Document Detail

Positive end-expiratory pressure and surfactant decrease lung injury during initiation of ventilation in fetal sheep.
MedLine Citation:
PMID:  21856815     Owner:  NLM     Status:  MEDLINE    
The initiation of ventilation in preterm, surfactant-deficient sheep without positive end-expiratory pressure (PEEP) causes airway injury and lung inflammation. We hypothesized that PEEP and surfactant treatment would decrease the lung injury from initiation of ventilation with high tidal volumes. Fetal sheep at 128-day gestational age were randomized to ventilation with: 1) no PEEP, no surfactant; 2) 8-cmH(2)O PEEP, no surfactant; 3) no PEEP + surfactant; 4) 8-cmH(2)O PEEP + surfactant; or 5) control (2-cmH(2)O continuous positive airway pressure) (n = 6-7/group). After maternal anesthesia and hysterotomy, the head and chest were exteriorized, and the fetus was intubated. While maintaining placental circulation, the fetus was ventilated for 15 min with a tidal volume escalating to 15 ml/kg using heated, humidified, 100% nitrogen. The fetus then was returned to the uterus, and tissue was collected after 30 min for evaluation of early markers of lung injury. Lambs receiving both surfactant and PEEP had increased dynamic compliance, increased static lung volumes, and decreased total protein and heat shock proteins 70 and 60 in bronchoalveolar lavage fluid compared with other groups. Ventilation, independent of PEEP or surfactant, increased mRNA expression of acute phase response genes and proinflammatory cytokine mRNA in the lung tissue compared with controls. PEEP decreased mRNA for cytokines (2-fold) compared with groups receiving no PEEP. Surfactant administration further decreased some cytokine mRNAs and changed the distribution of early growth response protein-1 expression. The use of PEEP during initiation of ventilation at birth decreased early mediators of lung injury. Surfactant administration changed the distribution of injury and had a moderate additive protective effect.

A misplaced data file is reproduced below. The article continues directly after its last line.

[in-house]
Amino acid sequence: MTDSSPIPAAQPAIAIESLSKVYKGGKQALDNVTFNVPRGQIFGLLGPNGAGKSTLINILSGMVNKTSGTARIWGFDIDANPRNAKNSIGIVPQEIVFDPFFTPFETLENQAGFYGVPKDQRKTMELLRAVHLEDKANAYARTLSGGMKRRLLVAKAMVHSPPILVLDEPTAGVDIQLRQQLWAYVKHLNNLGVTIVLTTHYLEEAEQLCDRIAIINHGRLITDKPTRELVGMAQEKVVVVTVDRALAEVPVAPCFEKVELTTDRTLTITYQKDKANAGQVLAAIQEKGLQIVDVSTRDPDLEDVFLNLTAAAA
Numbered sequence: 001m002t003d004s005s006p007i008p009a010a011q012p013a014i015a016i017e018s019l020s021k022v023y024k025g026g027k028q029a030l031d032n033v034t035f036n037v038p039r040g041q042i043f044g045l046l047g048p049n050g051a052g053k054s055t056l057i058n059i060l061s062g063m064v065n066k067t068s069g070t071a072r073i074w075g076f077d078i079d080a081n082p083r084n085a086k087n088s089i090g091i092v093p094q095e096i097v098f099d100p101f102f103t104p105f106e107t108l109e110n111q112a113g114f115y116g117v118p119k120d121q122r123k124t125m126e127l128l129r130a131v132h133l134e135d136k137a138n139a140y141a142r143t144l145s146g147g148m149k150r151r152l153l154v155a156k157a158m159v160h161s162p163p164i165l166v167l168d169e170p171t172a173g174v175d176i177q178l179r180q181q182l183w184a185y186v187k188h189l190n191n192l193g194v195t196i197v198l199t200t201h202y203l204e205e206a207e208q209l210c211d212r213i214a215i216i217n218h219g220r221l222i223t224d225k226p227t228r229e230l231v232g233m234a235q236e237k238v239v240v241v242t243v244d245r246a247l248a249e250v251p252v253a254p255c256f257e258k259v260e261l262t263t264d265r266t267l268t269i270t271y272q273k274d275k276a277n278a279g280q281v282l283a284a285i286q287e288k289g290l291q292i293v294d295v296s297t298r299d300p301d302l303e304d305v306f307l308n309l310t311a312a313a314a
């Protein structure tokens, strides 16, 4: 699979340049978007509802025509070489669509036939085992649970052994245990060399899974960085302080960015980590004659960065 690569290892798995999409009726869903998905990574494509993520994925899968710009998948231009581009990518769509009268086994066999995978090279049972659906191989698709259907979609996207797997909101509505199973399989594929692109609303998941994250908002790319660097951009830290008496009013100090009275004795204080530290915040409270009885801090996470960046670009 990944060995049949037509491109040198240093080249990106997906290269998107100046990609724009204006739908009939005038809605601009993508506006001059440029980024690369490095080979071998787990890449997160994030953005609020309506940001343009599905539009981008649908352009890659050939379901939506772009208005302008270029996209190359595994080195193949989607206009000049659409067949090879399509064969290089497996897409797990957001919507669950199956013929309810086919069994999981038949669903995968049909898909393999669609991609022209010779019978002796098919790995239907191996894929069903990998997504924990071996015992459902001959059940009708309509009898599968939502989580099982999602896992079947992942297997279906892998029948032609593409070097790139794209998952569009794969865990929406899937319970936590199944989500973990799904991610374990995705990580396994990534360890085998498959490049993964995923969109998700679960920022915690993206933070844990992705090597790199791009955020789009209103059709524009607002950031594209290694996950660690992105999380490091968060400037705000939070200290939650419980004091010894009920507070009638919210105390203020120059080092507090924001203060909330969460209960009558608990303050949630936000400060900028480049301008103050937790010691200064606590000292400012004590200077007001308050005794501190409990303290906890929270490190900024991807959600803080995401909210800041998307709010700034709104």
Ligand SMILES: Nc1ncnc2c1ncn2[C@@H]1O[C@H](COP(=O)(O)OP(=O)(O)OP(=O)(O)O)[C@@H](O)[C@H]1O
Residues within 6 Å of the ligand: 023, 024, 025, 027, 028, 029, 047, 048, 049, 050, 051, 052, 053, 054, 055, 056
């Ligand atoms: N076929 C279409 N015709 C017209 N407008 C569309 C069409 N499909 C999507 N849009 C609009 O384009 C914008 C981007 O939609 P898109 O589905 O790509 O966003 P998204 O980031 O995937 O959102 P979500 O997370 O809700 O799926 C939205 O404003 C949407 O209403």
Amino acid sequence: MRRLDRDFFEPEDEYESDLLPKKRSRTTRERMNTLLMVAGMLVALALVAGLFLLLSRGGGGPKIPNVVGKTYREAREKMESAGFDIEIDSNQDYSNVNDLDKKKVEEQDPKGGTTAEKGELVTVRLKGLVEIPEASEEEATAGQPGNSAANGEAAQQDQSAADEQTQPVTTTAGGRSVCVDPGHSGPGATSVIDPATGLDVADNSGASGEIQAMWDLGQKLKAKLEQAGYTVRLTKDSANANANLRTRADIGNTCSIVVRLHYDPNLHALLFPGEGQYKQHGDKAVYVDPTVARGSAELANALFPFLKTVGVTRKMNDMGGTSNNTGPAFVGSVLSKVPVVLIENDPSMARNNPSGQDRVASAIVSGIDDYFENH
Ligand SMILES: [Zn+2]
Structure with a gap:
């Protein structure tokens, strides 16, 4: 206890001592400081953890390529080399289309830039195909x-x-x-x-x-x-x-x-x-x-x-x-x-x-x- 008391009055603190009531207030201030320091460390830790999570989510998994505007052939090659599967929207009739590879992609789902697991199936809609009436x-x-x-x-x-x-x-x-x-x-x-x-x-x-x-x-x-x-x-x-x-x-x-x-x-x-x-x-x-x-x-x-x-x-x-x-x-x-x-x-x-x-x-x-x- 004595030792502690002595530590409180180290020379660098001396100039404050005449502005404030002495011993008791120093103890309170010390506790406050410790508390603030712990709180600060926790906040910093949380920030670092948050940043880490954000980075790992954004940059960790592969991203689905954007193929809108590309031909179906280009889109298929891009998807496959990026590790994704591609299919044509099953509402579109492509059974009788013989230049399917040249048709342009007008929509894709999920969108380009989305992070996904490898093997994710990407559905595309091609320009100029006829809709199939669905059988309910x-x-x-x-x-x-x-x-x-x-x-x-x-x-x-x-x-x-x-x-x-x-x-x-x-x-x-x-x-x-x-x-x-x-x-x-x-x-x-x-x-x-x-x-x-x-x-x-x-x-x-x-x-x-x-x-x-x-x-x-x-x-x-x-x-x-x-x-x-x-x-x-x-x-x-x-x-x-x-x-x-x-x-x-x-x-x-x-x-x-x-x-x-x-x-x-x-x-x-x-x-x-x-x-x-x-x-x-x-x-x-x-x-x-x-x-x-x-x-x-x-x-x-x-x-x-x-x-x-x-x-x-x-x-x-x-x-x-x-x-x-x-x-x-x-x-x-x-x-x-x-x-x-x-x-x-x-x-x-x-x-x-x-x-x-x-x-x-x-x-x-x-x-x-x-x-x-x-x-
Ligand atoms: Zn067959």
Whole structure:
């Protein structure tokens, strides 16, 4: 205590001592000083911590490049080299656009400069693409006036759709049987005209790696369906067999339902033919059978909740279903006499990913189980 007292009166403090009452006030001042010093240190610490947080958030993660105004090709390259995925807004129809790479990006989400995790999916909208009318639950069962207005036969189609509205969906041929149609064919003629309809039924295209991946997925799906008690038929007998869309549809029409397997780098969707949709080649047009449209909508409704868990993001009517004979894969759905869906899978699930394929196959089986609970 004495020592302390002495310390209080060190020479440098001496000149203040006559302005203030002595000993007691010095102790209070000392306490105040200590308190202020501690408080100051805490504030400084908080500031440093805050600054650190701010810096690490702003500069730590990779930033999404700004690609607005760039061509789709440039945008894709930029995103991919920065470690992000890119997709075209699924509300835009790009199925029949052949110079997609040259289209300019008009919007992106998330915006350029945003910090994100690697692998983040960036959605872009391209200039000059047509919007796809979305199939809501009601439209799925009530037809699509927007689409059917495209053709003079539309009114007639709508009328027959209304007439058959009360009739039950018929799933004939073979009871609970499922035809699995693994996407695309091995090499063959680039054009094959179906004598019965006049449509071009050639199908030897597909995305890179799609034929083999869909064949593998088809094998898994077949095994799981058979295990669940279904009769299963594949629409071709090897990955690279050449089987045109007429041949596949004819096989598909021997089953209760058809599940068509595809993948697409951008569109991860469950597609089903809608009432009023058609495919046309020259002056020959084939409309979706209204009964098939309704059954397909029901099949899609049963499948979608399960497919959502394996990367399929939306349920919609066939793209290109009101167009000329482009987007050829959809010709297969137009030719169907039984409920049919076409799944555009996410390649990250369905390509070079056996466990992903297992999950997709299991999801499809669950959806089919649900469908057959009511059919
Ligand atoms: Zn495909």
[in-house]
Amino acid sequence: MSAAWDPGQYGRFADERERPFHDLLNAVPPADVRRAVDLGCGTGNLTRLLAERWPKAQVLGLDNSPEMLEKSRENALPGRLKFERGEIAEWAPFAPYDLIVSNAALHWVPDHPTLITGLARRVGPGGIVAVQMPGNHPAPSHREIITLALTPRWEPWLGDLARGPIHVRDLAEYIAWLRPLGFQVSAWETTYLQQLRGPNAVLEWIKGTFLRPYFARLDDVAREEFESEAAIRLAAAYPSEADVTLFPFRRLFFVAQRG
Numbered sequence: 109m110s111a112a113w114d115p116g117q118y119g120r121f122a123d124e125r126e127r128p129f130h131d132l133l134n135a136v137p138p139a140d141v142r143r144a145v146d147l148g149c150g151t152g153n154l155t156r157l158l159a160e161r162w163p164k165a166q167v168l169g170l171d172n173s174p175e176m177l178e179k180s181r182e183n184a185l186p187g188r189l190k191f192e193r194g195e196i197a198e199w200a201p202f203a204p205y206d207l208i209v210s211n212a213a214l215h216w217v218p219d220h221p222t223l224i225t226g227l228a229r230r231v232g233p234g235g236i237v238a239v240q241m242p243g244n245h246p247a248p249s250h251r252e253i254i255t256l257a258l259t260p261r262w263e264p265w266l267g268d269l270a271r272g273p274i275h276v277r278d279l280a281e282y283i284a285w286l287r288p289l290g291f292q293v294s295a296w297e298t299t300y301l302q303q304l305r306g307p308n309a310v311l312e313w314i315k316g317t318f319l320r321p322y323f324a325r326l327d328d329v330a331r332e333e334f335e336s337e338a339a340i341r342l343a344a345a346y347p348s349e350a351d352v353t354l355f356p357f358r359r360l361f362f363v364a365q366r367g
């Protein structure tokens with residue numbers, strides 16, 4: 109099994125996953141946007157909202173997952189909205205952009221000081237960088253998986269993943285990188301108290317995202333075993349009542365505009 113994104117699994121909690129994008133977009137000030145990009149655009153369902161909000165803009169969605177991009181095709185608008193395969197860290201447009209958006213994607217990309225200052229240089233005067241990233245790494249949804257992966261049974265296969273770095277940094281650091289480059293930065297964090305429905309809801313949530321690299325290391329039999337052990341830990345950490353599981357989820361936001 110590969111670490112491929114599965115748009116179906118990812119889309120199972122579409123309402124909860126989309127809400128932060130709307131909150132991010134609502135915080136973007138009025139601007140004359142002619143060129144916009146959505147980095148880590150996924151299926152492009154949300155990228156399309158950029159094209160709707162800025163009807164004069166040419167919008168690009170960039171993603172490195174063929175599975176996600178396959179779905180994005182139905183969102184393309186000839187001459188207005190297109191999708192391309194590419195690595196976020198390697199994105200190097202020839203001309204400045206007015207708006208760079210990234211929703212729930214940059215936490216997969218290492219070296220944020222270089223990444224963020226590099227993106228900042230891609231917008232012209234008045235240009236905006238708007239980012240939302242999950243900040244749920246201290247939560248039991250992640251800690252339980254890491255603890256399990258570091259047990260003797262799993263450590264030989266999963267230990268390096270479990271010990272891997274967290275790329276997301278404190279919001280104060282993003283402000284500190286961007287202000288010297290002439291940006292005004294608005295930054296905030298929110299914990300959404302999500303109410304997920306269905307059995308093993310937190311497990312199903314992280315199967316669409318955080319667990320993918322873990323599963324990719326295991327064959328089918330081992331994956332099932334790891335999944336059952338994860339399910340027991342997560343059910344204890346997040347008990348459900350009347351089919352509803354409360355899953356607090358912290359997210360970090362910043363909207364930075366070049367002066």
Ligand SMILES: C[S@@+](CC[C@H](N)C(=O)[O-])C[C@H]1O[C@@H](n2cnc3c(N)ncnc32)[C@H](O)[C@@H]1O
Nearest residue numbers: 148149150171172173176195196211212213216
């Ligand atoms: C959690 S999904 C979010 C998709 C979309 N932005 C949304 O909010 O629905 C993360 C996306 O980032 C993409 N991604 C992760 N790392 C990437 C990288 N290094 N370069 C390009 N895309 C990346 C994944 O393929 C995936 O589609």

Noah H Hillman; Ilias Nitsos; Clare Berry; J Jane Pillow; Suhas G Kallapur; Alan H Jobe
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Publication Detail:
Type:  Journal Article; Research Support, N.I.H., Extramural; Research Support, Non-U.S. Gov't     Date:  2011-08-19
Journal Detail:
Title:  American journal of physiology. Lung cellular and molecular physiology     Volume:  301     ISSN:  1522-1504     ISO Abbreviation:  Am. J. Physiol. Lung Cell Mol. Physiol.     Publication Date:  2011 Nov 
Date Detail:
Created Date:  2011-11-02     Completed Date:  2011-12-22     Revised Date:  2013-06-27    
Medline Journal Info:
Nlm Unique ID:  100901229     Medline TA:  Am J Physiol Lung Cell Mol Physiol     Country:  United States    
Other Details:
Languages:  eng     Pagination:  L712-20     Citation Subset:  IM    
Cincinnati Children's Hospital Medical Center, Division of Pulmonary Biology, 3333 Burnet Ave., Cincinnati, OH 45229-3039, USA.
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MeSH Terms
Blotting, Western
Bronchoalveolar Lavage Fluid / chemistry
Cytokines / analysis,  biosynthesis
Fetus / metabolism*,  pathology,  physiopathology
Gestational Age
Heat-Shock Proteins / analysis,  biosynthesis
In Situ Hybridization
Infant, Newborn
Infant, Premature, Diseases / metabolism*,  pathology,  physiopathology,  prevention & control*
Lung / metabolism*,  pathology,  physiopathology
Lung Injury / metabolism*,  pathology,  physiopathology
Positive-Pressure Respiration*
Pulmonary Surfactants / administration & dosage,  therapeutic use*
RNA, Messenger / analysis,  biosynthesis
Respiratory Distress Syndrome, Newborn / metabolism*,  physiopathology
Sheep, Domestic
Tidal Volume
Grant Support
Reg. No./Substance:
0/Cytokines; 0/Heat-Shock Proteins; 0/Pulmonary Surfactants; 0/RNA, Messenger

From MEDLINE®/PubMed®, a database of the U.S. National Library of Medicine

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